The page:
Countries in the south of Africa are currently experiencing the most pronounced growth in terms of development of mobile technology. Telecoms professionals are in high demand in South Africa, Malawi, Namibia and Kenya as the national governments scramble to install the latest technology using skilled personnel from Europe and further afield.
People with proven experience in Universal Mobile Telecommunications System (UMTS), Long Term Evolution (LTE) rollout and network support engineering skills are currently sought after across the Middle East and Africa, as this knowledge will help speed up enhancing existing networks. Engineers who specialise in mobile technologies are increasingly high on the recruitment agenda.
On the whole, local skills in technical areas are lacking in these regions, so expatriate talent is imported on a contract basis. Once placed in roles in these countries, contractors use their expertise to both install the latest technology and to train the local workforce who will continue progress and maintenance long after the contractors leave.
Benefits of the latest technology
Where telecoms infrastructure in Western markets has been developed gradually over many years, relying on copper networks to transport information across the region, the majority of governments in Africa are skipping this step and installing wireless technology from the outset. For many countries, this will mark a swift change, from slow and unreliable connectivity to high speed and cheap mobile services associated with 3G and 4G – something that European markets are still working towards.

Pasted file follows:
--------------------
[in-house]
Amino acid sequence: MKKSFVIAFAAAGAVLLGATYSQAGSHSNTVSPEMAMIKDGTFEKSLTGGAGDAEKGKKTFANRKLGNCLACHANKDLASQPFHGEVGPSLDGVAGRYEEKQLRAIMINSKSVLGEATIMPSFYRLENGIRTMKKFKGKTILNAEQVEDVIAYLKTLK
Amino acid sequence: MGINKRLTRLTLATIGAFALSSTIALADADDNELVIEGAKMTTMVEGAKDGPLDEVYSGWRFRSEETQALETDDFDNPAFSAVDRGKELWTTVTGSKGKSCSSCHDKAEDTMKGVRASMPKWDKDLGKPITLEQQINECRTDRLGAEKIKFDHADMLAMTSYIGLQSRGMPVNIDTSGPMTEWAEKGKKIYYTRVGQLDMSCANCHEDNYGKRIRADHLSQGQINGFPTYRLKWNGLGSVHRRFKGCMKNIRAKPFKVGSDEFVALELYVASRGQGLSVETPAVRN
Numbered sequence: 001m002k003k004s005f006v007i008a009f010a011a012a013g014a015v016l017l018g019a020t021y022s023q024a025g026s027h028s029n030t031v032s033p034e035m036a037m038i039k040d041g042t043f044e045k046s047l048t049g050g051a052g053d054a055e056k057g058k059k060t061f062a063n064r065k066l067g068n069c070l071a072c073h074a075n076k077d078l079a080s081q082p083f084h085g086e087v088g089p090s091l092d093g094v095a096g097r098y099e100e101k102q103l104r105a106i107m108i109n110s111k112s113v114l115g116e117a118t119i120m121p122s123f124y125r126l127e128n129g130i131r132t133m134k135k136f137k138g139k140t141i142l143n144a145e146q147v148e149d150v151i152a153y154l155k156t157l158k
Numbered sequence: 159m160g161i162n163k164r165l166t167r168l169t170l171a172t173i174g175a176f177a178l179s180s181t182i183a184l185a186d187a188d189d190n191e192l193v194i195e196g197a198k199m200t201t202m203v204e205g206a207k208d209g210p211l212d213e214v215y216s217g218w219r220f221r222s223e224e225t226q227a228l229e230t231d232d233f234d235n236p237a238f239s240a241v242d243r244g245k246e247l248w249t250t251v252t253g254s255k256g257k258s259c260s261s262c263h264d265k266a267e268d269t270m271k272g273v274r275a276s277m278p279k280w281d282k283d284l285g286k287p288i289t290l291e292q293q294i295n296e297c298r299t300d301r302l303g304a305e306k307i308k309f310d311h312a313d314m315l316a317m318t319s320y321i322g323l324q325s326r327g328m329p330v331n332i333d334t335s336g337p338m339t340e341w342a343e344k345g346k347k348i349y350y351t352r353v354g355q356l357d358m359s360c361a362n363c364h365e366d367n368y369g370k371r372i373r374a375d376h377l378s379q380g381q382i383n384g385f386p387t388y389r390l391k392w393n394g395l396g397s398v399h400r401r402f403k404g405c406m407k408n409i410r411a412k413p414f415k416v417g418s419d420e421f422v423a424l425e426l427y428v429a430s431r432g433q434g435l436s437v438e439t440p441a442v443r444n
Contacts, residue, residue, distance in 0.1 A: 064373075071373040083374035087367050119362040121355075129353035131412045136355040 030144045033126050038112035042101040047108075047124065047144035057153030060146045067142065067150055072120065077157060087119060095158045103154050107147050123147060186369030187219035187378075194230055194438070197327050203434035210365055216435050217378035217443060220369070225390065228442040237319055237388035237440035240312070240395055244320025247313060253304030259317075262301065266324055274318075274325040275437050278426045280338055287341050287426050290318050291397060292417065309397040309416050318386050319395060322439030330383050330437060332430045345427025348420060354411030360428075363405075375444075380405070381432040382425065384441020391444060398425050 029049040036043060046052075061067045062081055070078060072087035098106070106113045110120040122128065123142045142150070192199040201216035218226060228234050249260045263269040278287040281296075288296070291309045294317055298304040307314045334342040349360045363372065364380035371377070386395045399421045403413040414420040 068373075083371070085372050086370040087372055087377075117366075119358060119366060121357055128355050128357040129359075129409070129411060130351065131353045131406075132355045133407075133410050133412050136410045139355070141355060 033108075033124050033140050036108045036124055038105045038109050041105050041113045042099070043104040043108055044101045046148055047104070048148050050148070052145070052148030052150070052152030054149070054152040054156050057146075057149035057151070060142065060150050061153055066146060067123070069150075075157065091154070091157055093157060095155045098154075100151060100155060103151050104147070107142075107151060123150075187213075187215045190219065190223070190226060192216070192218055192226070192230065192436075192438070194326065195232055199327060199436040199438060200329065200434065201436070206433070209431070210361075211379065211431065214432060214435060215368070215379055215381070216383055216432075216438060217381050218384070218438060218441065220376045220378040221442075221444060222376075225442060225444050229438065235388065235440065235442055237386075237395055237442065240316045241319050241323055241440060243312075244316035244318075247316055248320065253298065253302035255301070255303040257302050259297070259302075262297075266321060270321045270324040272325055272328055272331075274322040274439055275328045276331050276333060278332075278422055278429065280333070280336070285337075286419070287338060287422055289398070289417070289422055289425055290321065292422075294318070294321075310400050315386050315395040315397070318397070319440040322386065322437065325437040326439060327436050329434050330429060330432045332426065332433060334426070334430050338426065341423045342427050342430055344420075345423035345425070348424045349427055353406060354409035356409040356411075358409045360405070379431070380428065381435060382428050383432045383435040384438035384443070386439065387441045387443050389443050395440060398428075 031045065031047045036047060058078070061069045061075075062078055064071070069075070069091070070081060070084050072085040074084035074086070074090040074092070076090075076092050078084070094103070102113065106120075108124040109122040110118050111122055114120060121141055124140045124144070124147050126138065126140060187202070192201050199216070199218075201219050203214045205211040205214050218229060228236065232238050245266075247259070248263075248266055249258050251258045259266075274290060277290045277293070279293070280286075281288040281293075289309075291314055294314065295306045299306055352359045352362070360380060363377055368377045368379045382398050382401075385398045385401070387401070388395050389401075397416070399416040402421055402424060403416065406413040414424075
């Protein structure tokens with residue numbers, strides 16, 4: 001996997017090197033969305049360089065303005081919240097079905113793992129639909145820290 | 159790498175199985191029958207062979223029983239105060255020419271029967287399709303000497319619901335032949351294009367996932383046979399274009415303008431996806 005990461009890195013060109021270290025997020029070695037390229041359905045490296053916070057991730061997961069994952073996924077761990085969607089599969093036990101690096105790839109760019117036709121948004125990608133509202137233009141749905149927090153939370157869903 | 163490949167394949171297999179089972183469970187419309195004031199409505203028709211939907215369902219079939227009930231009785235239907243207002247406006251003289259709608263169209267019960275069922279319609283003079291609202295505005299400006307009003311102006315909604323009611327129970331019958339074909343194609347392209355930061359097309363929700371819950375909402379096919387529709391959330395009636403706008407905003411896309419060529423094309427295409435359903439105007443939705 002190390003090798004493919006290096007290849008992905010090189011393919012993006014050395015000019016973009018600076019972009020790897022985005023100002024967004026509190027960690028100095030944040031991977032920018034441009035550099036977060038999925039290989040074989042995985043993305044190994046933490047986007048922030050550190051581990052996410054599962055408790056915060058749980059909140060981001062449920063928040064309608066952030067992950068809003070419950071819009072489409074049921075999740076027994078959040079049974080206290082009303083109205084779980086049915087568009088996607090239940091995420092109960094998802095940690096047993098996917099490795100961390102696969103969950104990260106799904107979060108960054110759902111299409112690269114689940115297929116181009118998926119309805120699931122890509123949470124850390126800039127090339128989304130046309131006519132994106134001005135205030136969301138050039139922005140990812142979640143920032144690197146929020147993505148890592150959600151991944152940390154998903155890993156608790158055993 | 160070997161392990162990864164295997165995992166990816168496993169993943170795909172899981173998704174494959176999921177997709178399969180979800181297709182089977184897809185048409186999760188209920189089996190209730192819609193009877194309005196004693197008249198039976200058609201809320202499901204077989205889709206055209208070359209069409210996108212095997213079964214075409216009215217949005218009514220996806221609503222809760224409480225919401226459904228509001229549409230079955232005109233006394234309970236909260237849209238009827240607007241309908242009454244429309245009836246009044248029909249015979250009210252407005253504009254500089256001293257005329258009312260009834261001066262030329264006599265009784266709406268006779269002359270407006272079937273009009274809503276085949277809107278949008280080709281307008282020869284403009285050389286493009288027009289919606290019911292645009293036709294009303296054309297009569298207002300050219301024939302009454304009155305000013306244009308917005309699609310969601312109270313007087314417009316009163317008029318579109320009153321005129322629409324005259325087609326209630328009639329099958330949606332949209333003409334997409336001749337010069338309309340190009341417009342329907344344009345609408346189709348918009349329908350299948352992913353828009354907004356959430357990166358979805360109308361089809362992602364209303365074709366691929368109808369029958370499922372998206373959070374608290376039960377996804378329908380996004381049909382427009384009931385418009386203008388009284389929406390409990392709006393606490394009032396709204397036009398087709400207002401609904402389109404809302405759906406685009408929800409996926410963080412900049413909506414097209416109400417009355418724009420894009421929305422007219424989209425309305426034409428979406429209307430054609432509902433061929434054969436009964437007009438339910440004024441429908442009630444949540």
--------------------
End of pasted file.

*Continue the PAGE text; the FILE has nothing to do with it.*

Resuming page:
Remote rural villages in African countries will benefit from access to a reliable internet connection at an affordable rate. Already the social advantages of this are evident. In Egypt, government organisations have worked with private telecoms providers to create a pilot telemedicine program. Premised on 3G technology, this program enables doctors to take images of skin conditions using their mobile phone. The image is then sent to a dermatological expert anywhere in the world, where it is diagnosed, facilitating a faster treatment response for the patient . Similarly, in Kenya, an operator is currently introducing an SMS voice service, to enable disabled phone users to convey their messages wirelessly without typing . Such cutting edge services are enabled by moving directly to wireless communication instead of wired, and by ensuring fast and reliable mobile internet connection.
Different approach in different countries
In the majority of countries in this region, the original telecommunications infrastructure was built on copper networks, akin to that in Europe. In order to transfer all communication to mobile packet-based IP (internet protocol) communication, which will allow the full potential of 3G and 4G technology to be realised, existing copper networks in the Middle East must be upgraded.